Many grown-ups who were pushed and prodded and diagnosed as "gifted" end up depressed and unhappy as adults. They have had it ingrained from childhood in them that they must excel and be better than everyone at everything they do, and when they don't grow up to be phenomenally wealthy and successful, they feel like failures. Even being above average is failing for them.

Ms. Quart points out the many ways in which American childraising has done away with the idea of leisure and play as a fundamental part of childhood. We are forcing Baby Einstein products down our little infants' throats (and Ms. Quart points out how ridiculous it is indeed to name products supposed to turn babies into baby prodigies after a man who was, if anything, developmentally delayed as a baby and toddler, coming into his genius much later, as a grown-up). We are pushing our children into academic preschools and demanding excellence of them at an early age. The "we" of which I am speaking here consists of the middle and upper-class parents who are extremely involved in their children's development, perhaps over-involved. Many schools have even done away with recess... giving the children no time to relax, to chill, and to work on their social skills.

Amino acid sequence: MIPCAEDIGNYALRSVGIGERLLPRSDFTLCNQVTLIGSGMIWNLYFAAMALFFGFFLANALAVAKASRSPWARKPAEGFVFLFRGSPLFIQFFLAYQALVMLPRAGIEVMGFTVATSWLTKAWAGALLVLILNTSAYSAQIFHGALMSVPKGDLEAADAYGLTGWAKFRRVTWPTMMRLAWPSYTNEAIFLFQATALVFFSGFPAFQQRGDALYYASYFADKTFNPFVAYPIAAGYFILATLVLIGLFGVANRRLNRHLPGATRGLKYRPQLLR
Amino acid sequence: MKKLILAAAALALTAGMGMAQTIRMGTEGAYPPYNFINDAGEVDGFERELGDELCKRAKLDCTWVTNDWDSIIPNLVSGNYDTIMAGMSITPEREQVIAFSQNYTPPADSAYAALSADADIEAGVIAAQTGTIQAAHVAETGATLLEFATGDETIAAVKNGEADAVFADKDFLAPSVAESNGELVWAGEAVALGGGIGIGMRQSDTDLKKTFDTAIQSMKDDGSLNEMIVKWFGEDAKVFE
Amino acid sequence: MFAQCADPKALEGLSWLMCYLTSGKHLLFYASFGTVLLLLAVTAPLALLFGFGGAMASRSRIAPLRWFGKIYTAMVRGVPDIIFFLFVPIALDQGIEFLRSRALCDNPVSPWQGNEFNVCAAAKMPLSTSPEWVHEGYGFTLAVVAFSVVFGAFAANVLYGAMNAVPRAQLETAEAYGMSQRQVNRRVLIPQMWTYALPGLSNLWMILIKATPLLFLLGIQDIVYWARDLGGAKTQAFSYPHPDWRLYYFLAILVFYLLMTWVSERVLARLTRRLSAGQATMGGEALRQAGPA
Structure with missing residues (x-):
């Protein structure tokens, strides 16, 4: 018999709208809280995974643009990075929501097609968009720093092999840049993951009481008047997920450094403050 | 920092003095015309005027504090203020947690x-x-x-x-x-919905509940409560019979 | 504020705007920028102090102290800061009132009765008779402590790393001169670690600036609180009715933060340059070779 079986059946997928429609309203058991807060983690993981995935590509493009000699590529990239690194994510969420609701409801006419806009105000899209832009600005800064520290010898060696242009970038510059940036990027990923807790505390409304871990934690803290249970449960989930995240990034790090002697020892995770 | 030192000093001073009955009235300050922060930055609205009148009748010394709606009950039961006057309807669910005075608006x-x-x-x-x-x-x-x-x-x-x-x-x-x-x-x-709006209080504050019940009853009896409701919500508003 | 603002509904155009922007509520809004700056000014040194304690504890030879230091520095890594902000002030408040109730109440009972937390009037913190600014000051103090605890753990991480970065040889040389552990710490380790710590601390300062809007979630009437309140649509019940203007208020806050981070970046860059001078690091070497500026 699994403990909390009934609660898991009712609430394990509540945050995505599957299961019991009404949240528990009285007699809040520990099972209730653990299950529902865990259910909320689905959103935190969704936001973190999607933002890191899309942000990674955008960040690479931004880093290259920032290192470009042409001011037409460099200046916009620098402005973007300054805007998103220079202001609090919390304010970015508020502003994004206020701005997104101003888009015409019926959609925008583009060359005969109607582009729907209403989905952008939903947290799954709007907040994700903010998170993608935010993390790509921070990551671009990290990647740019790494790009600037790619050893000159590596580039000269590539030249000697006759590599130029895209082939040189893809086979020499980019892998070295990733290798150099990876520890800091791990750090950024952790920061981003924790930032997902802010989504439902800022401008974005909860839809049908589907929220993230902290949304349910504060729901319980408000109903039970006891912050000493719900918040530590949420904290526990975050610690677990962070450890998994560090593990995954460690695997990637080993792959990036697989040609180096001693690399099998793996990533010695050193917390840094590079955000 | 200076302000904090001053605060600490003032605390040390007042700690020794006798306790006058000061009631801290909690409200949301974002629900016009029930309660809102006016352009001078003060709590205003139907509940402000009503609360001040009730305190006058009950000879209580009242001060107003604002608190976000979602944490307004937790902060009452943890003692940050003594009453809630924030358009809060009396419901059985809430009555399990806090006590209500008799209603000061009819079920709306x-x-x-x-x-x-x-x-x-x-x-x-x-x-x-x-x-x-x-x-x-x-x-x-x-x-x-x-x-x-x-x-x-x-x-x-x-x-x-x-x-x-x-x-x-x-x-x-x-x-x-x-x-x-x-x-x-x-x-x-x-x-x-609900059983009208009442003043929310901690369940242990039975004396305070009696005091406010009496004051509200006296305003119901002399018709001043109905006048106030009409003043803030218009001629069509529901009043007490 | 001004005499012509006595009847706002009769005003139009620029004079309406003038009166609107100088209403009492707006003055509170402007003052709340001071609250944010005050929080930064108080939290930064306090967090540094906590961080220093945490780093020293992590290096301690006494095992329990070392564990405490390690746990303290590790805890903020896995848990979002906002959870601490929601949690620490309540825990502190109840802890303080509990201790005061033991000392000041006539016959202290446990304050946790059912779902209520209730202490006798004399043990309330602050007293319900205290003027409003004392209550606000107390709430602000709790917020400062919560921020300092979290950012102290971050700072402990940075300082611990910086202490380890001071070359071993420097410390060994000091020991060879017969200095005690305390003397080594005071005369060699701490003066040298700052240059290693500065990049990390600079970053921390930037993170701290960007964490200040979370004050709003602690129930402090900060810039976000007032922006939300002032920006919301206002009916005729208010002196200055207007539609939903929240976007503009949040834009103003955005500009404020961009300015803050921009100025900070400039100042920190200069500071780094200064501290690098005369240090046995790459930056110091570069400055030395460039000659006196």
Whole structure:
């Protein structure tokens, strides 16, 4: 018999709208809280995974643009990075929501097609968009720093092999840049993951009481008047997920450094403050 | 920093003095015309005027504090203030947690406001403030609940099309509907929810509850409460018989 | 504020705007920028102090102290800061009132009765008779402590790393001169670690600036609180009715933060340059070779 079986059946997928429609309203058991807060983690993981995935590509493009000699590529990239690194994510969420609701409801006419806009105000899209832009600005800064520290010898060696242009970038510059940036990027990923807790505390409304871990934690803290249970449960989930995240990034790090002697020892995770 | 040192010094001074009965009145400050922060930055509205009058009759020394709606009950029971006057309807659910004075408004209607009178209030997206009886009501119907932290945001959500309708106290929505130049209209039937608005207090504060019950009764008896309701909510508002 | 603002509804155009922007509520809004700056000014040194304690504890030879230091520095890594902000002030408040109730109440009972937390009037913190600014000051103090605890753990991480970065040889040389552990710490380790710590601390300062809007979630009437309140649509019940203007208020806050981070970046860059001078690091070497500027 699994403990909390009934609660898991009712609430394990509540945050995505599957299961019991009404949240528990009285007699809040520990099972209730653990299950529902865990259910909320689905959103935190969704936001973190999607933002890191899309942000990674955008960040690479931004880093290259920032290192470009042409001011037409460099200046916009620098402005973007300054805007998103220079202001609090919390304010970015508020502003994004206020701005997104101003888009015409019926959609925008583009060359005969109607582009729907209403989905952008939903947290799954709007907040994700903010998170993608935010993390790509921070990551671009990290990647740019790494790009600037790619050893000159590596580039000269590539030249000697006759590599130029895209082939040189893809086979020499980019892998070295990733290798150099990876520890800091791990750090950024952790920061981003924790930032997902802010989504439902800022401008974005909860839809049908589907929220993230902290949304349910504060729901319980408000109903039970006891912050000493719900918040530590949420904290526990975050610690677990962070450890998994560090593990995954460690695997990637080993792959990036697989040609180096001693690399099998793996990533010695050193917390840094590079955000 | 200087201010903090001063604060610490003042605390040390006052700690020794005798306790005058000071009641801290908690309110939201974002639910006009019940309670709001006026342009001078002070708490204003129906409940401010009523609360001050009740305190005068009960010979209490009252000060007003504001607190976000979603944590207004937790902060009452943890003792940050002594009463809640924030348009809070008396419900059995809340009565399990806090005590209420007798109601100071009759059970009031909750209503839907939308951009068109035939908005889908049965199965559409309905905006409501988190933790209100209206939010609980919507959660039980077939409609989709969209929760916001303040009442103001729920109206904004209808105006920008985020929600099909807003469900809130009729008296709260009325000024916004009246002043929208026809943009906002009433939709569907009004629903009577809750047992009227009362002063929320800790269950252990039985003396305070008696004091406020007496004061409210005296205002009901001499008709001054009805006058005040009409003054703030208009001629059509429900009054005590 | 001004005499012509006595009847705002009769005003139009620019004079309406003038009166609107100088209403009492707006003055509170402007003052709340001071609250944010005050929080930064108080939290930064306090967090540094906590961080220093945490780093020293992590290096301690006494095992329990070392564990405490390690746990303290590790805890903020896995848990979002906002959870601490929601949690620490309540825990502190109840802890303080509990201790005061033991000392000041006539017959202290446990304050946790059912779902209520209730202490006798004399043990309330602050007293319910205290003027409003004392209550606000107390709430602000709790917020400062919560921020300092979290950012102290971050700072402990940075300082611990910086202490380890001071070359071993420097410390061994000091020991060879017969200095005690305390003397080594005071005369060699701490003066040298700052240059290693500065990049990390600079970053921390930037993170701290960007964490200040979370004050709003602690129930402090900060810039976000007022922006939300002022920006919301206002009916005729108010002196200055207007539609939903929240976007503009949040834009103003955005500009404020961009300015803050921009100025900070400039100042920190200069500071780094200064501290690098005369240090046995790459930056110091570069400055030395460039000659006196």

While Ms. Quart finds fault, in her very objective and highly-researched way, with overly pushy parents and educators who are obsessed with their idealized charges, she also has issues with schools which don't challenge the students enough. Fascinatingly, Ms. Quart has marshaled evidence to show that a huge percentage of disadvantaged children can, if taught and inspired well enough, go on to unthought of heights of achievement in literature and math. If our schools were better at identifying and nurturing the talent in our children, we'd have a happier, more productive society. As it is, Ms. Quart notes that programs for gifted children have been slashed in the public schools. Cynically, this could be viewed as part of the campaign to allow vouchers -- to make the public schools so awful that the electorate will reject them. Ms Quart notes that about 20% of gifted children end up dropping out of school ("gifted" in that context being defined as children who, in any given academic year, already know 50% of the material or more being taught). That mind-numbing boredom is something I experienced in school, and I considered dropping out. Why didn't I? Because I lived in the sticks, and I didn't have anywhere to run away to, and I didn't have any realistic alternative other than staying in school. If I'd lived in a city of any size, I may well have dropped out.